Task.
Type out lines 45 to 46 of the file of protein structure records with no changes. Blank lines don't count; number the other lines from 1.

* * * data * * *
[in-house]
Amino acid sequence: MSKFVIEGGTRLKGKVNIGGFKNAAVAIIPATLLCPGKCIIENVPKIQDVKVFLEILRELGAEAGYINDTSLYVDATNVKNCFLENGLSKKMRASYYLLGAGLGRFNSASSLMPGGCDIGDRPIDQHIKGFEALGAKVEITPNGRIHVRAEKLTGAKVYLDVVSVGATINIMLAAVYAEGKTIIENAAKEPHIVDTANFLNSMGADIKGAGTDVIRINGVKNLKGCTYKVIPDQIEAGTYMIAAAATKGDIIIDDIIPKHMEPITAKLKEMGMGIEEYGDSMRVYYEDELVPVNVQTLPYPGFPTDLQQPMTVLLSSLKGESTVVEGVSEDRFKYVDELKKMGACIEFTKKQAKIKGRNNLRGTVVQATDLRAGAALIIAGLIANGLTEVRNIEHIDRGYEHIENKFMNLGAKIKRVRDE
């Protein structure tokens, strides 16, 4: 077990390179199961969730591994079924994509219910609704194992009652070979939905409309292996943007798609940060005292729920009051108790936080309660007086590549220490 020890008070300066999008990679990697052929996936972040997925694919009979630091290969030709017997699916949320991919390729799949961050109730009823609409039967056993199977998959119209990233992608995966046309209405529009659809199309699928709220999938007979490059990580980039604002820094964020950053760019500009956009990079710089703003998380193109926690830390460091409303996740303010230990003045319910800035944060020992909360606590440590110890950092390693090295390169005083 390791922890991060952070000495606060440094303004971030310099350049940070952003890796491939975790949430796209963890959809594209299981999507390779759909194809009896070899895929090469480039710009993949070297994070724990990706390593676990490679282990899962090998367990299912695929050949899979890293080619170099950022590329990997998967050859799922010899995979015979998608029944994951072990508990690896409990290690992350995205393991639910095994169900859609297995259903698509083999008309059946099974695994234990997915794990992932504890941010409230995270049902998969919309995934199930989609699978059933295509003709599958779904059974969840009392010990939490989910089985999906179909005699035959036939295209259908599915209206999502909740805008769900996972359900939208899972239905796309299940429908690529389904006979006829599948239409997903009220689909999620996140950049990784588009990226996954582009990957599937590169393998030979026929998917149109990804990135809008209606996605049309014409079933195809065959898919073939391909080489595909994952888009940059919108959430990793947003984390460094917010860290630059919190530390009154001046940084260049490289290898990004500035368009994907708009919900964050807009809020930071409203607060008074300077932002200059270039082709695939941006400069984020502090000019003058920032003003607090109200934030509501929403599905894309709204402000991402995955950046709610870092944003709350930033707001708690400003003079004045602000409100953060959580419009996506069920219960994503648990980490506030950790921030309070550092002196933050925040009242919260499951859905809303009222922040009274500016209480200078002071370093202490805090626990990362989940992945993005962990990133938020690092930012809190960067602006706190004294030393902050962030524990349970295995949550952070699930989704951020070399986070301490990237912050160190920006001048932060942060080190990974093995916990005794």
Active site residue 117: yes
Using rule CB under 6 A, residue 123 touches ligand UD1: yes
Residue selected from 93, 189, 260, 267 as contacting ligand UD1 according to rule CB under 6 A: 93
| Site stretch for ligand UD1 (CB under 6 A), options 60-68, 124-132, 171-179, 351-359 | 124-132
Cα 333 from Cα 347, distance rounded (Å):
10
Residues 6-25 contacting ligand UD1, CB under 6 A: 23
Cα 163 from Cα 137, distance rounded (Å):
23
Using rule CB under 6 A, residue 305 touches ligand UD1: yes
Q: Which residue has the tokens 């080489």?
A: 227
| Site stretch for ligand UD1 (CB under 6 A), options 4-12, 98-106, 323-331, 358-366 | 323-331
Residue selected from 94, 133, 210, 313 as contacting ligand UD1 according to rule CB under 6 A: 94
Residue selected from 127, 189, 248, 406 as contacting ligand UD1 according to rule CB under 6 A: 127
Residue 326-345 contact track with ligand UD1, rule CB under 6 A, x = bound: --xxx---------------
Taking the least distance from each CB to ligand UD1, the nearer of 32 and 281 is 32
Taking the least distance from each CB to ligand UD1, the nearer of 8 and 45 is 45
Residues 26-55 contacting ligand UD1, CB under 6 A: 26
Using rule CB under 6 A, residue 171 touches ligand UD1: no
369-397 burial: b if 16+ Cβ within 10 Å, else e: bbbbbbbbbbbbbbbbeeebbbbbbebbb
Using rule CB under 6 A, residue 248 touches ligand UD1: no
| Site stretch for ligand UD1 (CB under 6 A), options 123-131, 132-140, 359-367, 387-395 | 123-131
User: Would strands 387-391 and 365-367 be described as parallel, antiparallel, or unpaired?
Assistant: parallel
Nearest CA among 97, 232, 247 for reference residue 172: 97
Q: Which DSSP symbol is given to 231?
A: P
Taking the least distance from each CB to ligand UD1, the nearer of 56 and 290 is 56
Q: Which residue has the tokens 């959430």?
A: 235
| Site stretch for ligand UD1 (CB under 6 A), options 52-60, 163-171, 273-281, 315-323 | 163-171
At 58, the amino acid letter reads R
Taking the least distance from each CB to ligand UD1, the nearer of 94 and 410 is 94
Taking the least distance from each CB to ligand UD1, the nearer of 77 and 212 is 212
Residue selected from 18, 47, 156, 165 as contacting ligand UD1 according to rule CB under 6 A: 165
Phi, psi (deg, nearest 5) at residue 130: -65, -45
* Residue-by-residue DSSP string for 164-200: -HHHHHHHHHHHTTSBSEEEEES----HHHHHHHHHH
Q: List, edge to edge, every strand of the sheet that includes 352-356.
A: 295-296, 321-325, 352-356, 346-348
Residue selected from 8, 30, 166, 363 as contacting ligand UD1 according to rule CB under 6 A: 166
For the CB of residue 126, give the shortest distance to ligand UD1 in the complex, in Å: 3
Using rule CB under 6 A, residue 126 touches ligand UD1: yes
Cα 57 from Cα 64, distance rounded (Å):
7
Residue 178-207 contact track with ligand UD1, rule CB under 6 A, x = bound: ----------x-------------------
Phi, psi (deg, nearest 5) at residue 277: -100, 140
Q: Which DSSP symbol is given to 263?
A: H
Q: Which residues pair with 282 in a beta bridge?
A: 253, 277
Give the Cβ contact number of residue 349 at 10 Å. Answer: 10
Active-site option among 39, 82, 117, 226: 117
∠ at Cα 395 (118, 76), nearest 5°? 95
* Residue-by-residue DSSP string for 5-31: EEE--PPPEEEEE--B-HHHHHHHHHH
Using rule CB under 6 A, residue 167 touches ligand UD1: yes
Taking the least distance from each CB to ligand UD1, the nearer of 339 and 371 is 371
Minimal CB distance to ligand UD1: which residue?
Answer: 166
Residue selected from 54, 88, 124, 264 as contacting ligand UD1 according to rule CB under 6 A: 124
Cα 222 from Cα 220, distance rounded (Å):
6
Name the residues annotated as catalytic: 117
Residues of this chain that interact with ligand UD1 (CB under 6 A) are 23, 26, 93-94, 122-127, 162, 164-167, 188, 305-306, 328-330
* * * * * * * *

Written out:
For the CB of residue 126, give the shortest distance to ligand UD1 in the complex, in Å: 3
Using rule CB under 6 A, residue 126 touches ligand UD1: yes